The spectacular drama The Lion Woman gets the honour of opening the 44th Norwegian International Film Festival in Haugesund on Sunday 21 August. The film is based on Erik Fosnes Hansen’s novel of the same name and is directed by Vibeke Idsøe.
– It’s a great pleasure to open the film festival with The Lion Woman! This is a magnificent drama with a unique protagonist but universal appeal. The story about the lonely child who doesn’t fit in, but still finds a path to redemption and acceptance, is both a moving and upsetting story everyone will recognise themselves in, Festival and Programme Director Tonje Hardersen says.
The film’s producer John M. Jacobsen is also happy to be back in Haugesund, after he opened the 1998 edition with Only Clouds Move the Stars.
– The Norwegian International Film Festival having selected The Lion Woman as its opening film is something we are very pleased with. I believe that the film has become what we hoped for at the outset: an international blockbuster that grips your emotions and is impressive to watch, Jacobsen says. – This view seems to be widely shared abroad where it has already secured distribution in more than 40 countries, long before it’s finished. In my 30 years as a film producer I’ve never seen anything like this amount of advance interest, he continues.
The Lion Woman is directed by Vibeke Idsøe who made a big splash with her debut Body Troopers in 1996. In 2005 she also received a lot of attention for her previous film 37 and a Half, about women who see their youth disappear in the rear mirror. This is the first time the director is represented with a film at the Norwegian International Film Festival.
– I’m very proud that The Lion Woman has been chosen to open the film festival in Haugesund. It has been a fantastic story to adapt to cinema, and I’m thankful and proud to have worked with the very best talent in Scandinavia, Ireland and Germany. Both before and behind the camera. It is a Norwegian story that could have taken place anywhere in the world. A story about being different that I think almost everyone will recognise themselves in, director Idsøe says.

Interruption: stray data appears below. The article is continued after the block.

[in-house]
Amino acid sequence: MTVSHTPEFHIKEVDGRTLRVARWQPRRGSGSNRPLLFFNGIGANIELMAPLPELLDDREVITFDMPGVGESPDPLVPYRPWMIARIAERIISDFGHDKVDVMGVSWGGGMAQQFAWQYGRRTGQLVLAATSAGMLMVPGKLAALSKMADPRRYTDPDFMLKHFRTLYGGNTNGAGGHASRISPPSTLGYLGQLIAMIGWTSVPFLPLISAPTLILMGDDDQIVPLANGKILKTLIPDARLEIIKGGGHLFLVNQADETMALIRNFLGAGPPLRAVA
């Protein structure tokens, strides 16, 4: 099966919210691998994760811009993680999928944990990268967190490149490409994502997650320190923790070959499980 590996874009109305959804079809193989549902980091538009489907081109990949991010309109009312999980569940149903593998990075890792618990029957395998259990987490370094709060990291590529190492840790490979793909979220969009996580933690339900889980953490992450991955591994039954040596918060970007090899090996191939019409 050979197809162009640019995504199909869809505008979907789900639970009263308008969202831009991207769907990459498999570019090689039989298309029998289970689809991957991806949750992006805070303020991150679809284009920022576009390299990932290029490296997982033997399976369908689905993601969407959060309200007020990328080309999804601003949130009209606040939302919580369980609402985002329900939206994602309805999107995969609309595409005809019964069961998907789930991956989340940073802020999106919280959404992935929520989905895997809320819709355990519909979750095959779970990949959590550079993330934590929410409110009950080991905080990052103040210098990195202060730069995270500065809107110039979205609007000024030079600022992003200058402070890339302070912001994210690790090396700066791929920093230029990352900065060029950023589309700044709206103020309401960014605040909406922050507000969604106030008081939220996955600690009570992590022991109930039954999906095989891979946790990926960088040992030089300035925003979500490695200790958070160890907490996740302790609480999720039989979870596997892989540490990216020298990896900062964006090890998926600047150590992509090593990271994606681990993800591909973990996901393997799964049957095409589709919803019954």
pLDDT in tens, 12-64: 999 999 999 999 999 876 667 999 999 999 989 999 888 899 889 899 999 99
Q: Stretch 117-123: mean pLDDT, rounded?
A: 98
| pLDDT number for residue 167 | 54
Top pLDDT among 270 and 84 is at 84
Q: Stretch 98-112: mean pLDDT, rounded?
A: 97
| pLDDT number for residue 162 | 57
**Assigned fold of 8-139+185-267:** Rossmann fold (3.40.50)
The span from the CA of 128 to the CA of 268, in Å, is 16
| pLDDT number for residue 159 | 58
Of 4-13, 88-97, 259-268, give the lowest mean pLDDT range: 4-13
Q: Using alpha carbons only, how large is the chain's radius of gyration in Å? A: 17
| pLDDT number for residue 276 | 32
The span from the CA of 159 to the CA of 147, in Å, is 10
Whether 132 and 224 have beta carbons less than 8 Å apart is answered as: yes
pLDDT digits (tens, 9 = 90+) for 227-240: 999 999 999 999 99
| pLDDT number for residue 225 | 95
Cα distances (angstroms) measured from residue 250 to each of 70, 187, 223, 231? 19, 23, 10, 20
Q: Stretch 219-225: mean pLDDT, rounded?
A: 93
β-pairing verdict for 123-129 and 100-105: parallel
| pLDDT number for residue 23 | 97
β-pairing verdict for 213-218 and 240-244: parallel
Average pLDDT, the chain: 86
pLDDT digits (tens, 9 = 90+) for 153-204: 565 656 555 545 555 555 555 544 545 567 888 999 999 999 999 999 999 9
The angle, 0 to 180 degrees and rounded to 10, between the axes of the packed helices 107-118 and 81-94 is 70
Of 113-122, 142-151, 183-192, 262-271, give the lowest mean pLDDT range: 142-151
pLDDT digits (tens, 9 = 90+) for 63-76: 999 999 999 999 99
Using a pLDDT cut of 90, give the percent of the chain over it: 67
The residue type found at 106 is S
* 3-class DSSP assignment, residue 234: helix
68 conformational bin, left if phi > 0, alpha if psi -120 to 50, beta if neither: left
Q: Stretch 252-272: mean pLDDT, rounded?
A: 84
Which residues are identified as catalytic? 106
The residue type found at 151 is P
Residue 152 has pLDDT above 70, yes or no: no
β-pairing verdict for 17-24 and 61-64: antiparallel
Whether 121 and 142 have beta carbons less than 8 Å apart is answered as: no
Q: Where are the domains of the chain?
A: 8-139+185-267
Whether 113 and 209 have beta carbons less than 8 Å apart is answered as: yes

The Lion Woman
In a little station town in Norway, on a starry winter night in 1912, the little child Eva Arctander is born into the world. Her mother Ruth dies in childbirth and her father Gustav is left with a child totally unlike anything seen before: her entire body is covered by long blonde hair.
Gustav is ashamed of the child. She is confined to their apartment at the station and he leaves it to the nanny Hannah to take care of her. Hannah grows fond of Eva and fights for her right to be treated like everyone else.
The film features a star-studded team before the camera, led by Rolf Lassgård as Gustav, who recently won the Guldbagge Award in Sweden as Best Actor for A Man Called Ove. The role as Eva is played by three young actresses at different ages: Aurora Lindseth-Løkka, Mathilde T. H. Storm and Ida Ursin-Holm. In other roles we find among others Kåre Conradi, Rolf Kristian Larsen, Kjersti Tveterås, Lisa Loven Kongsli, Henrik Mestad and from Denmark Karen-Lise Mynster, Lars Knutzon and Connie Nielsen. German actors include Ken Duken, who was previously seen as Gestapo commander Fehmer in Max Manus.
The Lion Woman is produced by John M. Jacobsen, Reza Bahar and Marcus B. Brodersen. It is distributed by Nordisk Film Distribusjon and receives its regular premiere on 26 August.